Item 10 Prompt question: Now, look at this picture (Take your time!) Tell me what is happening. Subject Before Therapy Lady’s dropping her apples and the boy is picking them up (5,4) Lady dropping fruit (3,1) After Therapy The woman is… the apples are all falling out of the bag and the boy’s picking them up (6,5) The lady dropped her apples inside the hole..boy’s picking them up (6,2) 3

At the beginning of the intervention all subjects were tested on the Renfrew Action Picture Test (Renfrew, 1995) and ColorCards® training items. Subjects from both groups were tested in the same weeks to account for variables such as maturation. Half of the sample population were randomly selected and placed into the experimental group. The experimental group were seen during the first block of intervention, while the remaining subjects were the control group and received intervention during stage two. Intervention was 12 individual sessions, twice a week for a period of six weeks (one half term).

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Prompts
Individual sessions involved 3-4 pre-planned tasks using Clicker 4. Subjects were presented with ColorCards® and a question, and asked to generate a visual response (words with keyword symbolisation), using the Clicker Grid. Support and prompts were provided to promote language and sentence building as needed. Subjects were taught to activate auditory feedback after each sentence had been completed and then asked to generate a verbal response based on the sentence they had formulated, using the grid as a prompt. Following the completion of intervention by the experimental group, all subjects were re-tested. The control group were then seen in the same way. All subjects were again re-tested, and training items and assessment record sheets from the each stage of the intervention were scored. Unfortunately, an effect of treatment was not shown. There are many possible reasons for this, including:

1. The therapy was not effective. 2. The timescale was too short and / or the amount of therapy too little for it to be effective. 3. The assessment tools were not sensitive enough to change, particularly in those who were already achieving scores approaching ceiling level. It would have been useful to assess more functional situations such as sharing of weekend news with staff and peers, and to question parents and staff. 4. The individuals involved were just too different for effectiveness to be shown. (The standard deviations, calculated at each stage of testing, confirm that there were considerable subject differences within groups, and considerable variation in test performance and response over time to intervention.) However, two subjects did show general functional improvement over time (see examples in figure 4). Some variables, such as a fluctuating word finding difficulty, were difficult to control. My observation was that such difficulties were better supported during sessions, when the therapy tool providing visual cues in the form of symbols and colour coding was available. Although not generalised to the post-intervention assessment, this may be possible given more time. Five additional test items randomly selected from the original set of 36 training items appeared three times during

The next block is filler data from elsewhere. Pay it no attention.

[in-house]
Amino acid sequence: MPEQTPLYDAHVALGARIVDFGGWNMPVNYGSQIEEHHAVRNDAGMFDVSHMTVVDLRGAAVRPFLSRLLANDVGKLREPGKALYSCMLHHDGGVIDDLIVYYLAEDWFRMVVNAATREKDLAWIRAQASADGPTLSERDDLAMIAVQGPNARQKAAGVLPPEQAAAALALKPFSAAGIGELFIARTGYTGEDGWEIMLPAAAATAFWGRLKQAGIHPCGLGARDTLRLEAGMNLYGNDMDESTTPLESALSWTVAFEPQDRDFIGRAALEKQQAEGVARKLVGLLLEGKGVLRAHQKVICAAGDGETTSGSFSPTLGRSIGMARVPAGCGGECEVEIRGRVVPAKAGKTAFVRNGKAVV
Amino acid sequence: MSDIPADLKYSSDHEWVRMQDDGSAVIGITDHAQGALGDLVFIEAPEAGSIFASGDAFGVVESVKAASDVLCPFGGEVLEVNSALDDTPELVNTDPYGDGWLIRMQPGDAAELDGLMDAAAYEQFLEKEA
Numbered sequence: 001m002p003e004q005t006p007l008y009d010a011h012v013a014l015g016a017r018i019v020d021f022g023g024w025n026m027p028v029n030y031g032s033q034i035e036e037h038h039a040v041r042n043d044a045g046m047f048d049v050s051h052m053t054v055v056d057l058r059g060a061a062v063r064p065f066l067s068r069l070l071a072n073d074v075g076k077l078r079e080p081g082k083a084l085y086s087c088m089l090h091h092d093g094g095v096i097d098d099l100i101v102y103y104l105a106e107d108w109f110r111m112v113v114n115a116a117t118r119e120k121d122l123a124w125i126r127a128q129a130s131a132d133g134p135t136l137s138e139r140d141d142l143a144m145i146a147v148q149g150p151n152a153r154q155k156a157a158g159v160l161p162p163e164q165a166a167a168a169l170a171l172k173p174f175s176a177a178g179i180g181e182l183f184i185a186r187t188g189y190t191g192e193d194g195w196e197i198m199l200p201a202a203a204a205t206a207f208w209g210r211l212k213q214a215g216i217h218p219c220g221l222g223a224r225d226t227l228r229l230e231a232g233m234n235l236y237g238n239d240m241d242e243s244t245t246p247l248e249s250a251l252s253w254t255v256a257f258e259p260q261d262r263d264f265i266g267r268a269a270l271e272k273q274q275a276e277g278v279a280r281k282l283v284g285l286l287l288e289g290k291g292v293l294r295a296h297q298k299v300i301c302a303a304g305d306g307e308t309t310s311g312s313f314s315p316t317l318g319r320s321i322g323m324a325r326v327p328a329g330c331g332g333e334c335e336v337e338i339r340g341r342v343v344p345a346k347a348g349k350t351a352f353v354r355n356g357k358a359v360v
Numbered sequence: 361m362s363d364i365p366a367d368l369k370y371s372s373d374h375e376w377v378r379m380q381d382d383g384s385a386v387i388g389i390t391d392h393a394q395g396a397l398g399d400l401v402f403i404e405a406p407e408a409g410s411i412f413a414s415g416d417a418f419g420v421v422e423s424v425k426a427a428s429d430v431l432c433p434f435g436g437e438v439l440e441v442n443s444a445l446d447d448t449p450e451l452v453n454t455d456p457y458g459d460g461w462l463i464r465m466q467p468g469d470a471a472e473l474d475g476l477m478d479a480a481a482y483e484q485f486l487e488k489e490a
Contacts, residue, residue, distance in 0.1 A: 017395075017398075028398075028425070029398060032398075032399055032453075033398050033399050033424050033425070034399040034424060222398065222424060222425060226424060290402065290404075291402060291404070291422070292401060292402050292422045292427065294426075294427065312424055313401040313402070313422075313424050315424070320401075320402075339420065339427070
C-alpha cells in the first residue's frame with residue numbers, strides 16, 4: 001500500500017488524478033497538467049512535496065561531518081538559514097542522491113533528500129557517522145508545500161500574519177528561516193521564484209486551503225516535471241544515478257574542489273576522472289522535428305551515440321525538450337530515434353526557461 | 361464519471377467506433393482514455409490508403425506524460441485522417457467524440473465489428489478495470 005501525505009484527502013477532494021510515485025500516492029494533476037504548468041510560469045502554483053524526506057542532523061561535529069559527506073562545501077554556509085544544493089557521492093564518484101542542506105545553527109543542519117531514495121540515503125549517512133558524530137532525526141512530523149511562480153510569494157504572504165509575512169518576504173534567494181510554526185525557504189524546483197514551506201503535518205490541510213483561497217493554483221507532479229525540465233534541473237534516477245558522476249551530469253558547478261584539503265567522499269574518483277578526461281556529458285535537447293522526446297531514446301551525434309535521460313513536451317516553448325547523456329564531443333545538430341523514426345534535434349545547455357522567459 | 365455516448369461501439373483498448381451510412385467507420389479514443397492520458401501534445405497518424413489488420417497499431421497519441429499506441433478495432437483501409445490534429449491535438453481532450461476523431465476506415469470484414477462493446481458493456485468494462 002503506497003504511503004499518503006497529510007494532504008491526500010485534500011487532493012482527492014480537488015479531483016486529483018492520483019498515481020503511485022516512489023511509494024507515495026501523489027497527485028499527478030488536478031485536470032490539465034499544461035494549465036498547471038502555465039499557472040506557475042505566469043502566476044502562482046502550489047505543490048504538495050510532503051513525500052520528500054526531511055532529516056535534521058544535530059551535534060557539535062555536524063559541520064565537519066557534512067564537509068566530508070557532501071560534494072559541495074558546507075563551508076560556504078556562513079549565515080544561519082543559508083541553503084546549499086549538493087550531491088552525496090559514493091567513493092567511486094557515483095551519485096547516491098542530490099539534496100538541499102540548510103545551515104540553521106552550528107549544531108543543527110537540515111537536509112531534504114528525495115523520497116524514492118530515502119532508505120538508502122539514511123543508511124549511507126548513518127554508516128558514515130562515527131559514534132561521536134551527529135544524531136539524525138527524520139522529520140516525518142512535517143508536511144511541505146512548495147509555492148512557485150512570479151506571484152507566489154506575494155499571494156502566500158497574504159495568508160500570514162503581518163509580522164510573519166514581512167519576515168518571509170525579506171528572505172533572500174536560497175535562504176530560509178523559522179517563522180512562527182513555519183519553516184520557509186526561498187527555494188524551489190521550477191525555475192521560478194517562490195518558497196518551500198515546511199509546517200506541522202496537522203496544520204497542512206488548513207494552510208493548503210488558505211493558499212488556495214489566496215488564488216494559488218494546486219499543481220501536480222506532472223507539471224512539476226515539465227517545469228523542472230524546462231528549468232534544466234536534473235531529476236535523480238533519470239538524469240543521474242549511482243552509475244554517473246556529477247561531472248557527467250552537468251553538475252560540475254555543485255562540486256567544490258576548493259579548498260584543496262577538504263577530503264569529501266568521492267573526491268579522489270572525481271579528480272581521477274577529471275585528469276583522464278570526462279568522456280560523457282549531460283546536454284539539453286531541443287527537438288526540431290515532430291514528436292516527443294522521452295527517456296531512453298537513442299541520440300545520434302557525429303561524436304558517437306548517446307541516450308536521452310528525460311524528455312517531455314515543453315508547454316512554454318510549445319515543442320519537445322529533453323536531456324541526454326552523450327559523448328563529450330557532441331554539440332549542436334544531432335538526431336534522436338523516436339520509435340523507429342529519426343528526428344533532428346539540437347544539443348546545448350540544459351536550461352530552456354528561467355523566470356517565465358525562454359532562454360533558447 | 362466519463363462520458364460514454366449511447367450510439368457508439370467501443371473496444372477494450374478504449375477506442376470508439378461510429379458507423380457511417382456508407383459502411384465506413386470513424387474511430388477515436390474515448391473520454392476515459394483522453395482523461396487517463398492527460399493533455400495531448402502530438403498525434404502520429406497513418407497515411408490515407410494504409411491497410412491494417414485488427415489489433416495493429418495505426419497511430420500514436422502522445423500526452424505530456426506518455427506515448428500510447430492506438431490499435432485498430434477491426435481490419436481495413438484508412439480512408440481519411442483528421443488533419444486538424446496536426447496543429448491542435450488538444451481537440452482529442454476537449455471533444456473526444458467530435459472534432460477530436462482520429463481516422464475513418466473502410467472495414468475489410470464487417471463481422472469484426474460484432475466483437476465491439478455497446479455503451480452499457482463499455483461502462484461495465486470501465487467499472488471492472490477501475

Compensatory strategies
In addition to the subjects’ own positive attitude, this research gives some indication of the potential benefits of using a multi-media tool with our clients in individual and group work. Firstly, they can support children’s receptive skills and give them a way to demonstrate their comprehension and evidence their development. Secondly, they can enable our clients to use compensatory strategies independently in the classroom. Over the six week intervention period, my subjects became more independent in the use of the Clicker Grids, and the majority required no additional input from the therapist to complete the task after two to three weeks.

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SPEECH & LANGUAGE THERAPY IN PRACTICE WINTER 2006

Photo by Paul Reid - a liveACTIVE Makaton group

intervention as well as once during each assessment phase. Figure 5 shows pre- and post- intervention responses as well as one of the sentences generated by the pupil during the intervention using the Clicker Grid. I asked all subjects to answer a symbolised questionnaire, supported by staff independent of the research, to comment on their performance and effectiveness of the intervention (figure 6). I also recorded their willingness to attend, distinguishing ‘unable to attend’ from ‘did not attend’, as an indication of how motivating they found the therapy (figure 7). Both suggest that multi-media tools can be a useful way of making therapy more stimulating and exciting.